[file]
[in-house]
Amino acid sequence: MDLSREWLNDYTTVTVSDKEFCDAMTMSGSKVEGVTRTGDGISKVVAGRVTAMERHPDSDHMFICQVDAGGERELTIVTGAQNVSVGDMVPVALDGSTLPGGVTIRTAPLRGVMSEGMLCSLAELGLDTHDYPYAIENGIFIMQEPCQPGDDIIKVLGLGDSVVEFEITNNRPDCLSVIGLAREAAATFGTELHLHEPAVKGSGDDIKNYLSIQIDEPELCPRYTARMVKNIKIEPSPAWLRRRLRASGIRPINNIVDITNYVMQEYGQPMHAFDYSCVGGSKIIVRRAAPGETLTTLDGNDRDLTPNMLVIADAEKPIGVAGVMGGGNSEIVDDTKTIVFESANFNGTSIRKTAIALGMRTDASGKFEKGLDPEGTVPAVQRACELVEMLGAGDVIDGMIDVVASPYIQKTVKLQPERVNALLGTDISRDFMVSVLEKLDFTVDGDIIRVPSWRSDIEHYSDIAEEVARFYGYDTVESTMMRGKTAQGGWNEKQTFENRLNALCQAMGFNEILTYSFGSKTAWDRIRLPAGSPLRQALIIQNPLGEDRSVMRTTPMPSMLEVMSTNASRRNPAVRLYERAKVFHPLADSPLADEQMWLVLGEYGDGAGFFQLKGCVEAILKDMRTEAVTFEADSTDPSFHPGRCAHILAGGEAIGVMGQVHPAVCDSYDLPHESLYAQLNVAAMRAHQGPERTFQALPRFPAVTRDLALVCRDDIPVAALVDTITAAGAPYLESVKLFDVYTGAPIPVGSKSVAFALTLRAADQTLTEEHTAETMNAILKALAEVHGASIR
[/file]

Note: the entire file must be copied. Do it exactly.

[in-house]
Amino acid sequence: MDLSREWLNDYTTVTVSDKEFCDAMTMSGSKVEGVTRTGDGISKVVAGRVTAMERHPDSDHMFICQVDAGGERELTIVTGAQNVSVGDMVPVALDGSTLPGGVTIRTAPLRGVMSEGMLCSLAELGLDTHDYPYAIENGIFIMQEPCQPGDDIIKVLGLGDSVVEFEITNNRPDCLSVIGLAREAAATFGTELHLHEPAVKGSGDDIKNYLSIQIDEPELCPRYTARMVKNIKIEPSPAWLRRRLRASGIRPINNIVDITNYVMQEYGQPMHAFDYSCVGGSKIIVRRAAPGETLTTLDGNDRDLTPNMLVIADAEKPIGVAGVMGGGNSEIVDDTKTIVFESANFNGTSIRKTAIALGMRTDASGKFEKGLDPEGTVPAVQRACELVEMLGAGDVIDGMIDVVASPYIQKTVKLQPERVNALLGTDISRDFMVSVLEKLDFTVDGDIIRVPSWRSDIEHYSDIAEEVARFYGYDTVESTMMRGKTAQGGWNEKQTFENRLNALCQAMGFNEILTYSFGSKTAWDRIRLPAGSPLRQALIIQNPLGEDRSVMRTTPMPSMLEVMSTNASRRNPAVRLYERAKVFHPLADSPLADEQMWLVLGEYGDGAGFFQLKGCVEAILKDMRTEAVTFEADSTDPSFHPGRCAHILAGGEAIGVMGQVHPAVCDSYDLPHESLYAQLNVAAMRAHQGPERTFQALPRFPAVTRDLALVCRDDIPVAALVDTITAAGAPYLESVKLFDVYTGAPIPVGSKSVAFALTLRAADQTLTEEHTAETMNAILKALAEVHGASIR